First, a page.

12. On behalf of the decree-holder it is argued that the present application filed on 16th of May, 1950, is within limitation in view of the provisions of Article 182 (5) of the Indian Limitation Act, having been made within three years of the date of the application made at Lahore on or about the 12th of July, 1947, in which the transfer certificate under Sections 38 and 39 of the Code of Civil Procedure was sought and in which 18th of October, 1947 had been fixed as the date of hearing but owing to disturbances nobody appeared in Court on behalf of the decree-holder,

If such an application was, in fact, made, then it was contended that it would be a step-in-aid of the execution. An application to have a decree transferred to another Court for execution, though It is by no means an application for execution, is certainly an application to take a step-in-aid of execution within the meaning of Clause (5) of Article 182, vide Akshoy Kumari Debi v. Nalini Ranjan Mukherjee, AIR 1950 Cal 493; Sheonath Prasad v. Bindeshwari Prasad, AIR 1950 Pat 518; Prayagclis Shankerlal v. Mt. Indirabai AIR. 1948 Nag 189 and Sheolal Ramlal v. Ramrao Balasaheb, AIR 1948 Nag 197. Reference in this connection may also be made to Janardan Govind v. Narayan Krishnaji. AIR 1918 Bom 236 : ILR 42 Bom 420 and Srinivasa lyengar v. Narayana Rao, AIR 1923 Mad 72.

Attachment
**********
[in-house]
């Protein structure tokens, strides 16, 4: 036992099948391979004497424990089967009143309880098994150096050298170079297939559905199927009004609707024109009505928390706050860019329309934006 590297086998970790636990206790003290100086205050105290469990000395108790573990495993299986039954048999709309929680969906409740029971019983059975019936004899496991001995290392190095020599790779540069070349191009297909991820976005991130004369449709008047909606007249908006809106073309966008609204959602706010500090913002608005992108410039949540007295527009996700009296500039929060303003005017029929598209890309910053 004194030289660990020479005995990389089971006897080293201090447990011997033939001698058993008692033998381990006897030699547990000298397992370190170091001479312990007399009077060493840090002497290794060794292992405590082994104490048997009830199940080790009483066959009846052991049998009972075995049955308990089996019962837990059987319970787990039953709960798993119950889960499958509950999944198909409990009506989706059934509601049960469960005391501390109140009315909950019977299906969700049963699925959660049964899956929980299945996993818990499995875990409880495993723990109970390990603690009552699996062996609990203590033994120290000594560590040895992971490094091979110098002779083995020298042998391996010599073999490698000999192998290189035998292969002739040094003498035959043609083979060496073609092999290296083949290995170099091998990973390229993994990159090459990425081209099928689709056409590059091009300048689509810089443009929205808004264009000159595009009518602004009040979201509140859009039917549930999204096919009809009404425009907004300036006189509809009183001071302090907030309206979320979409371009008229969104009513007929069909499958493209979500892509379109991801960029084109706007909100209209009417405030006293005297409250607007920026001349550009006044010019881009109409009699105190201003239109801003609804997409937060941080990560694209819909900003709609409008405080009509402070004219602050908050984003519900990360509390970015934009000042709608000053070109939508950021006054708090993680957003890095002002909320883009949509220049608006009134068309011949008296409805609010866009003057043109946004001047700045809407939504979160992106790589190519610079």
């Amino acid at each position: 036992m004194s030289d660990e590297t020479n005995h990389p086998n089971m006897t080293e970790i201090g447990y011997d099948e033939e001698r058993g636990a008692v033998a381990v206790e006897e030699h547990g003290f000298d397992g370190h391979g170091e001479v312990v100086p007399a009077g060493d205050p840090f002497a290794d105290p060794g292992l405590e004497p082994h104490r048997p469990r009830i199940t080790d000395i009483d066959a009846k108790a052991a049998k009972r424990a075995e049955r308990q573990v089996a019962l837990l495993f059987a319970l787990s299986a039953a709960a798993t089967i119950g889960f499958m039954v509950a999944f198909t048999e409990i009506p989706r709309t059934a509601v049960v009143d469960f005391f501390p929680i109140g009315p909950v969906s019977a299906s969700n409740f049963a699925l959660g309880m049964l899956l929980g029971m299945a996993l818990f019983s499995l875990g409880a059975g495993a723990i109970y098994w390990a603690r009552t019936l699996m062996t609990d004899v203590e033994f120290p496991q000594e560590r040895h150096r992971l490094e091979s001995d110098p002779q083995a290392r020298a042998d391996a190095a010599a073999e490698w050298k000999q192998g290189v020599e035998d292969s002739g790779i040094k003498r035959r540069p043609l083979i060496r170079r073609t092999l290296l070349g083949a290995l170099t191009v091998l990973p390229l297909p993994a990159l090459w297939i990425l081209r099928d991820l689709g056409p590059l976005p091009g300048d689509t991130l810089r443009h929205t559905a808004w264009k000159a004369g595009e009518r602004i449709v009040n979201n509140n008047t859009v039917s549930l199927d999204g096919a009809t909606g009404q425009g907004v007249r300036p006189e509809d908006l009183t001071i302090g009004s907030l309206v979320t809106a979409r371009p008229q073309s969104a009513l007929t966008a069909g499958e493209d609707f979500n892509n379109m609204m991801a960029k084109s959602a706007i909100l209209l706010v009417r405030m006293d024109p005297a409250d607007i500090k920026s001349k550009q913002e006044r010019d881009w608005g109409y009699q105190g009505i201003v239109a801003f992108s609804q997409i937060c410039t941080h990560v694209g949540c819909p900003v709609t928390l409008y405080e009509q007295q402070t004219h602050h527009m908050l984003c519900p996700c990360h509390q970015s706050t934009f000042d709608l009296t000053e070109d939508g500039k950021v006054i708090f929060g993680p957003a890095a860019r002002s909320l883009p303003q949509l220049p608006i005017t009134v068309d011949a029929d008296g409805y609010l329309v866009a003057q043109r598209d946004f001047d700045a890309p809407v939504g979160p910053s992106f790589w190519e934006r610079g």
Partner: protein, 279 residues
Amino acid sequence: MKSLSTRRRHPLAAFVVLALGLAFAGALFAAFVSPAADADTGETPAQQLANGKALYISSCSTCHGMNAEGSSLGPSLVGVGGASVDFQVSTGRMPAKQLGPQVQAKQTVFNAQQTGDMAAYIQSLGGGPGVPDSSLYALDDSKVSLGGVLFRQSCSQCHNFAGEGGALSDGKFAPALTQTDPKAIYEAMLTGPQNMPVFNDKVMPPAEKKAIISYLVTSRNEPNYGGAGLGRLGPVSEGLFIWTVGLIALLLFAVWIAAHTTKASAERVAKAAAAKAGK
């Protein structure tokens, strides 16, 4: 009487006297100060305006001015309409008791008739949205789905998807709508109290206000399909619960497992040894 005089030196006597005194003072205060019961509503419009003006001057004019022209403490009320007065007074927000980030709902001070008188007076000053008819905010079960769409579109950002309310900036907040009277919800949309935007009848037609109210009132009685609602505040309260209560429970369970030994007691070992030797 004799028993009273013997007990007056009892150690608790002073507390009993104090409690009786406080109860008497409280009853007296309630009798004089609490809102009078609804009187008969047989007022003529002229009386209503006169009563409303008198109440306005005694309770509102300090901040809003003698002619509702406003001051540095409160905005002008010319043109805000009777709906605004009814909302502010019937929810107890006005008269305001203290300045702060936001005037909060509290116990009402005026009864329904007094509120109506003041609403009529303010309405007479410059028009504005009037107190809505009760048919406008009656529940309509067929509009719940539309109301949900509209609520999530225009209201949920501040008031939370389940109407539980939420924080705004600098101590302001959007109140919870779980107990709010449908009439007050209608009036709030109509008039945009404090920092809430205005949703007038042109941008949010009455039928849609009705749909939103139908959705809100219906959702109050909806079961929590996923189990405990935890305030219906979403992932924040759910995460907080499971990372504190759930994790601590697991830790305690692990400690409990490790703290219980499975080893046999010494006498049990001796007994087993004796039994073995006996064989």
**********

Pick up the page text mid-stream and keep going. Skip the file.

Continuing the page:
13. The real question, however, is whether it has been satisfactorily proved on the record of this case whether an application as alleged by the decree-holder had in fact been made under Section 39, Civil Procedure Code, to the executing Court at Lahore On Or about 12th of July, 1947, in which 18th of October, 1947, had been 'fixed as the date for grant of the certificate. There is a clear reference to this application in the subsequent application dated 23rd of August, 1949, vide Exhibit D.H. 17, and there is no reason to suggest that the Bank on 23rd of August, 1949, was interested in making a false averment as that application was admittedly within time even after taking into consideration the date of dismissal of the execution application dated 12th of July, 1946, as it had been dismissed on 18th of October, 1946. The decree-holder, in order to bring his execution application dated 23rd of August, 1949, within time, did not stand in need of the application for a' transfer certificate as a step-in-aid of execution.